“It doesn’t matter that my legs don’t work”: Handmade Studio making a difference

Sarah Kerr is a creative at heart.

The 25-year-old has cerebral palsy, which affects body movement and co-ordination – but her condition doesn't hold her back at Handmade Studio Charitable Trust.

Handmade Studio is a craft co-operative shop where people with disabilities can weave, loom, stuff and sew to create a variety of items – and 90% of the money from each sale goes back to the person who made it.

Sarah has been working at Handmade Studio since 2015, and says she loves it because it doesn’t matter that she has a disability

“It doesn’t matter that my legs don’t work, because it’s all hand stuff,” she says.

“It’s varied and interesting, and you look at something and go ‘wow, I made that’.”

Sarah works four-and-a-half days a week and spends a lot of her time turning wool into fabric using a loom.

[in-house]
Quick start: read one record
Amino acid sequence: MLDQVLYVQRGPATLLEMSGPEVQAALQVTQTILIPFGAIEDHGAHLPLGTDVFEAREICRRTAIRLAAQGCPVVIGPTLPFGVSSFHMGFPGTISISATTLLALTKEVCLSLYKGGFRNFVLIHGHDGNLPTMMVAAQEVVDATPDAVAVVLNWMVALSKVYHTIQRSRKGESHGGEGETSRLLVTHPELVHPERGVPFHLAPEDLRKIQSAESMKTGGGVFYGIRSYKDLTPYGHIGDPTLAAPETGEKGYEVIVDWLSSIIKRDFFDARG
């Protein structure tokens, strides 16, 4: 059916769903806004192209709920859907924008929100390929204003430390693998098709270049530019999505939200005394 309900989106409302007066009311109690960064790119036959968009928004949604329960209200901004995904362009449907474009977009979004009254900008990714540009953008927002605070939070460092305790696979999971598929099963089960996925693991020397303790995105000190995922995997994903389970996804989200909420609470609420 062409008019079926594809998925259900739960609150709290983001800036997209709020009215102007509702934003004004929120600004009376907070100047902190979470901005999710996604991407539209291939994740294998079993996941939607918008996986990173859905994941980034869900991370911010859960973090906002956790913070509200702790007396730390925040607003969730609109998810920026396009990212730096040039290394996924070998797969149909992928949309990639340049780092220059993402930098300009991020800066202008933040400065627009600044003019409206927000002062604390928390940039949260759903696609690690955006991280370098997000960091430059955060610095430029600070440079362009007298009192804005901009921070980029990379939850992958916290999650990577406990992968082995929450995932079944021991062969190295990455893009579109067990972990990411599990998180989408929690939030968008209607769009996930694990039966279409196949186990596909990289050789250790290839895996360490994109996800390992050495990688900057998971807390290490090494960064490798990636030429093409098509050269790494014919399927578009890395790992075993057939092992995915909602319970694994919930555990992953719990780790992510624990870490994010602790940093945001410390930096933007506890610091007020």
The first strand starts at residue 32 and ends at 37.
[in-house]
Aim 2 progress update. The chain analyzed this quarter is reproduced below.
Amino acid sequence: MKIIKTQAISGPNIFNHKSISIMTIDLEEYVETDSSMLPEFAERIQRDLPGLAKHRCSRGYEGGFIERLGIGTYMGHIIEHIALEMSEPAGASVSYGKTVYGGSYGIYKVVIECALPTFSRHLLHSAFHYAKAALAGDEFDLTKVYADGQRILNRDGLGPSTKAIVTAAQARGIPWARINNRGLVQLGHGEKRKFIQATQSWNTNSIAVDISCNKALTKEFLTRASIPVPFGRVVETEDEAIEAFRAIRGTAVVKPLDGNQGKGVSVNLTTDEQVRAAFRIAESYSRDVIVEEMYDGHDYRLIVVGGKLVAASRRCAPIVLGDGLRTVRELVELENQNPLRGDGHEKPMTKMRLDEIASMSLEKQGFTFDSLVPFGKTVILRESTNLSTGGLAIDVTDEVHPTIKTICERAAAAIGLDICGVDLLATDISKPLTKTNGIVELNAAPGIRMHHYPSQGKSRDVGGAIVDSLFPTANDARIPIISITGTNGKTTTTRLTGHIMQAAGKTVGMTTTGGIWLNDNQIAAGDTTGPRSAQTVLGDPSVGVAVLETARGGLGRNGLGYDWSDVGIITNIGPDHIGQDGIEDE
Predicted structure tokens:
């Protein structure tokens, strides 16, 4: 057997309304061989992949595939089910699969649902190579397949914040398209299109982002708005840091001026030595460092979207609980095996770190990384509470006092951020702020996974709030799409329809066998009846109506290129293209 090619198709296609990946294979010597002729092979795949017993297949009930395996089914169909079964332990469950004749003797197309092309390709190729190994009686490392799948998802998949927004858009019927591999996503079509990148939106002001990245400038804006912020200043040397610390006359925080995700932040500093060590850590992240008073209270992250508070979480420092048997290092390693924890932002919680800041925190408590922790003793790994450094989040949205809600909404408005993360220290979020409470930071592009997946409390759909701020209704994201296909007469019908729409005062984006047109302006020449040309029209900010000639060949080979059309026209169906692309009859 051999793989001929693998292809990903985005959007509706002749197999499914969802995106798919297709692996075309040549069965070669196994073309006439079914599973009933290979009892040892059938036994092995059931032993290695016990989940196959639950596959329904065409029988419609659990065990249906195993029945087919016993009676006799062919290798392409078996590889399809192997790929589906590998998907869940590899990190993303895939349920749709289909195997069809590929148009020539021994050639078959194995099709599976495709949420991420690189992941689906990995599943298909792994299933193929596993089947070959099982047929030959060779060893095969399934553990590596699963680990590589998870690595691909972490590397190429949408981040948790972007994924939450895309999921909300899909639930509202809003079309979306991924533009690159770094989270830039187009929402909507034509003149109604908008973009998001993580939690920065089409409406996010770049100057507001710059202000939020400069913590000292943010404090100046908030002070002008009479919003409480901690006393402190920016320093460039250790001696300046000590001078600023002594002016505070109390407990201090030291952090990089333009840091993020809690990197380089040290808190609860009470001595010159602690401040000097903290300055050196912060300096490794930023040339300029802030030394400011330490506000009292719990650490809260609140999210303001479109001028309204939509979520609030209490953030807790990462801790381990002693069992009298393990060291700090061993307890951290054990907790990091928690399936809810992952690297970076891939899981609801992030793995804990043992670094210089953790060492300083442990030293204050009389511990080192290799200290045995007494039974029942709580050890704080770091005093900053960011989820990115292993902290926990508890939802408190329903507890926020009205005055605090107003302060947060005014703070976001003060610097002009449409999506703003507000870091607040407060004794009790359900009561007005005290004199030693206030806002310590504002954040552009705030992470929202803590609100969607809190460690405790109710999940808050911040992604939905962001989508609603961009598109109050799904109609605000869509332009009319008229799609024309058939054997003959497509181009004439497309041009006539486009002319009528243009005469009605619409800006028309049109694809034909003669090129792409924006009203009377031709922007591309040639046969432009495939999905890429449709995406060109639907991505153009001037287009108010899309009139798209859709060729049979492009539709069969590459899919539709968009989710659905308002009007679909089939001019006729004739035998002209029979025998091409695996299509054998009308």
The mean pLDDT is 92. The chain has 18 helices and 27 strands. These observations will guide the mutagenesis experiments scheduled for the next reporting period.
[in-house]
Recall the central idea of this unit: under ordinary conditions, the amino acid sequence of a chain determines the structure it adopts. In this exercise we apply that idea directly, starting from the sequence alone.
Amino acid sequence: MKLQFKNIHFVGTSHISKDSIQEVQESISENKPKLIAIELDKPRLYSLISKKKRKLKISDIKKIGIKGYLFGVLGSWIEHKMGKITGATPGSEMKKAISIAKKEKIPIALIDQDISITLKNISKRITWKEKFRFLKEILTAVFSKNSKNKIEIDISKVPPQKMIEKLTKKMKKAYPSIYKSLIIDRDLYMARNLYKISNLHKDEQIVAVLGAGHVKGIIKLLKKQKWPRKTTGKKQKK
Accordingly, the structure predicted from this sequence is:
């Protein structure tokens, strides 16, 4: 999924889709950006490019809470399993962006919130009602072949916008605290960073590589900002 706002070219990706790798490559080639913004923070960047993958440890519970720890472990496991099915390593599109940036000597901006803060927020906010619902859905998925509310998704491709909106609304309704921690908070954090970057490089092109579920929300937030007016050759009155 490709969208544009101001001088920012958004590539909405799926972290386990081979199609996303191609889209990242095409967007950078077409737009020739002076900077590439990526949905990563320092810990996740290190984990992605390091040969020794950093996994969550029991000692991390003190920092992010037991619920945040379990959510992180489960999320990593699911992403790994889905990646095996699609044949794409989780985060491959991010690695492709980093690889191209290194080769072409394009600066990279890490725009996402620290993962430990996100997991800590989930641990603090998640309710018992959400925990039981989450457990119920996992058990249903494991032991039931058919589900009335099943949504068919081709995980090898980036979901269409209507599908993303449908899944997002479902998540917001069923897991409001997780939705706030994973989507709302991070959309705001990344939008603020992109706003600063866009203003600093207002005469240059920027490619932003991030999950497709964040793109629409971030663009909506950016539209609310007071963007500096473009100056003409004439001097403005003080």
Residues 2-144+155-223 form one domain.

“It’s mostly hand stuff, and any leg movements are big movements, so I can do that,” she says.

“I can’t do sewing on the machines, and if I do hand-sew it has to be rough stuff. But I can tack – you can be the worst sewer in the world and still make it work.”

And Sarah says it’s more than just work – she met her best friend at Handmade Studio.

Supervisor Toni Parker-Adams says there’s often up to 12 people coming to work in the studio each day, and the friendships that have formed are just as important as the work itself.

“They feel safe here, and they have a good group of friends. Some of them have been coming for 20-odd years. It’s sort of like a coffee group on a bigger scale.”

“It’s a great place to be, and we’re very proud of them. We’re proud of what they achieve, and the way that they achieve it. They take their time and they learn a lot of patience which is great because that goes on into their normal daily life.”